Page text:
Raoul du Gardier (1871 - 1952)
Visiting the tomb
Oil on paper mounted on cardboard
Signed on the back: Du Gardier
33 x 28.5 cm
Born in 1871, Raoul Du Gardier trained with Gustave Moreau, Théobalde Chartran, and Jules Elie Delaunay. He exhibited at the Salon where he obtained numerous awards. Passionate about exoticism, definitely a traveler, Du Gardier went to North Africa, especially Algeria, and to Suez where his brother was consul. Through his paintings he translates the warmth and light of these countries he loves so much.
On November 29, 1922, the British Egyptologist Howard Carter discovered Tutankhamun's tomb and the treasures it contains. This discovery provoked a real egyptomania, offering artists an important source of inspiration.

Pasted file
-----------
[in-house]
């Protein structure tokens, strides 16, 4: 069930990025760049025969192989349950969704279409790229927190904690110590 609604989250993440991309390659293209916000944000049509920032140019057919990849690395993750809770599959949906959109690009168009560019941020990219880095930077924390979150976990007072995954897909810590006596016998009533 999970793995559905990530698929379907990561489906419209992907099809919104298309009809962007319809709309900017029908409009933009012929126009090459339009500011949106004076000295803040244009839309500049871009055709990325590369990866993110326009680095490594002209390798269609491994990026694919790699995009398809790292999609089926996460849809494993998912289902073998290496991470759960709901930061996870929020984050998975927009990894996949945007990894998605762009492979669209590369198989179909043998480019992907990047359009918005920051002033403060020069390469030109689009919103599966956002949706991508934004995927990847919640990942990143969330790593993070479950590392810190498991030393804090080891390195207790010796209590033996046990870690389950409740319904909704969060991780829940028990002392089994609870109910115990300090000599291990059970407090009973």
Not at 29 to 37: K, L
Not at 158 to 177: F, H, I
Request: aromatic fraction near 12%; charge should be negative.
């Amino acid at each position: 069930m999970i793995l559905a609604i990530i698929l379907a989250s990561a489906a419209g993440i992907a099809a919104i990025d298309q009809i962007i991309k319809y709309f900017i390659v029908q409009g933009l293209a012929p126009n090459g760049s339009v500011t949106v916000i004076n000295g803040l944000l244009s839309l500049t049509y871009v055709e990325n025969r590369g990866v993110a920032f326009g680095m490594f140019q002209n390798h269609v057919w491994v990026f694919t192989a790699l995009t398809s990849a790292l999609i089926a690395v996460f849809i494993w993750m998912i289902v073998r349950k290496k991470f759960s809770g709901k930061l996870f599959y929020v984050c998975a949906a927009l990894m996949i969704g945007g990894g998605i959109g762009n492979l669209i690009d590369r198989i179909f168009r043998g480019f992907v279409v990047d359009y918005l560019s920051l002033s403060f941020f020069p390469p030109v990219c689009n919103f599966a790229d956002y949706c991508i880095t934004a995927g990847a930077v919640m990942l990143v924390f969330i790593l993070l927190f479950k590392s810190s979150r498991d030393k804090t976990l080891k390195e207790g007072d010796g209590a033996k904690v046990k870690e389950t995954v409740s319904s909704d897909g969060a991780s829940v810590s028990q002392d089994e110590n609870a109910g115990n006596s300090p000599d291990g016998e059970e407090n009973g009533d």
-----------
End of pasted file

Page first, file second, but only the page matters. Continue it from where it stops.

In 1926, Pierre Mille's travel stories from Egypt appeared in Illustration, Raoul Du Gardier was there and produced a series of works on this theme, our painting was probably painted on this occasion.
Produced in a historicist vein, Du Gardier has fun in this work with the light effects of reflectors to illuminate the depths of Egyptian tombs. He thus allows to appreciate the subtleties of the warm colors of his palette while offering a singular look on a subject then very in vogue.
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